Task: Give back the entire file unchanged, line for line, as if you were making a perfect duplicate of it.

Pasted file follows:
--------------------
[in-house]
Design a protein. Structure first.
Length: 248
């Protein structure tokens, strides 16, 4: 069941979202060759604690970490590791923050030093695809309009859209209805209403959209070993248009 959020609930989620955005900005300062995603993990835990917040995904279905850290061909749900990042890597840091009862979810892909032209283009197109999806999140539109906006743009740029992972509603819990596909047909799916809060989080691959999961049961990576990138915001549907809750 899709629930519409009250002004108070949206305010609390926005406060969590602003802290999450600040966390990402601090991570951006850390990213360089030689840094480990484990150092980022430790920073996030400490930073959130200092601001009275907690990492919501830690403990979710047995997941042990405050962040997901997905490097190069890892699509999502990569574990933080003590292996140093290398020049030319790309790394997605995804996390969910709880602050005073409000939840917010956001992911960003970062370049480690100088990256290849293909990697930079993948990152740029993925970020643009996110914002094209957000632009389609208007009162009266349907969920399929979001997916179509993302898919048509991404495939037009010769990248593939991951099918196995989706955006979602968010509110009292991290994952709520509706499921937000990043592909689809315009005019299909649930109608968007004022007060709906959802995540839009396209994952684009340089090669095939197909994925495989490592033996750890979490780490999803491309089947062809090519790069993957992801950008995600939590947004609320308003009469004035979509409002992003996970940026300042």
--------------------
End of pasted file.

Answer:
[in-house]
Design a protein. Structure first.
Length: 248
């Protein structure tokens, strides 16, 4: 069941979202060759604690970490590791923050030093695809309009859209209805209403959209070993248009 959020609930989620955005900005300062995603993990835990917040995904279905850290061909749900990042890597840091009862979810892909032209283009197109999806999140539109906006743009740029992972509603819990596909047909799916809060989080691959999961049961990576990138915001549907809750 899709629930519409009250002004108070949206305010609390926005406060969590602003802290999450600040966390990402601090991570951006850390990213360089030689840094480990484990150092980022430790920073996030400490930073959130200092601001009275907690990492919501830690403990979710047995997941042990405050962040997901997905490097190069890892699509999502990569574990933080003590292996140093290398020049030319790309790394997605995804996390969910709880602050005073409000939840917010956001992911960003970062370049480690100088990256290849293909990697930079993948990152740029993925970020643009996110914002094209957000632009389609208007009162009266349907969920399929979001997916179509993302898919048509991404495939037009010769990248593939991951099918196995989706955006979602968010509110009292991290994952709520509706499921937000990043592909689809315009005019299909649930109608968007004022007060709906959802995540839009396209994952684009340089090669095939197909994925495989490592033996750890979490780490999803491309089947062809090519790069993957992801950008995600939590947004609320308003009469004035979509409002992003996970940026300042």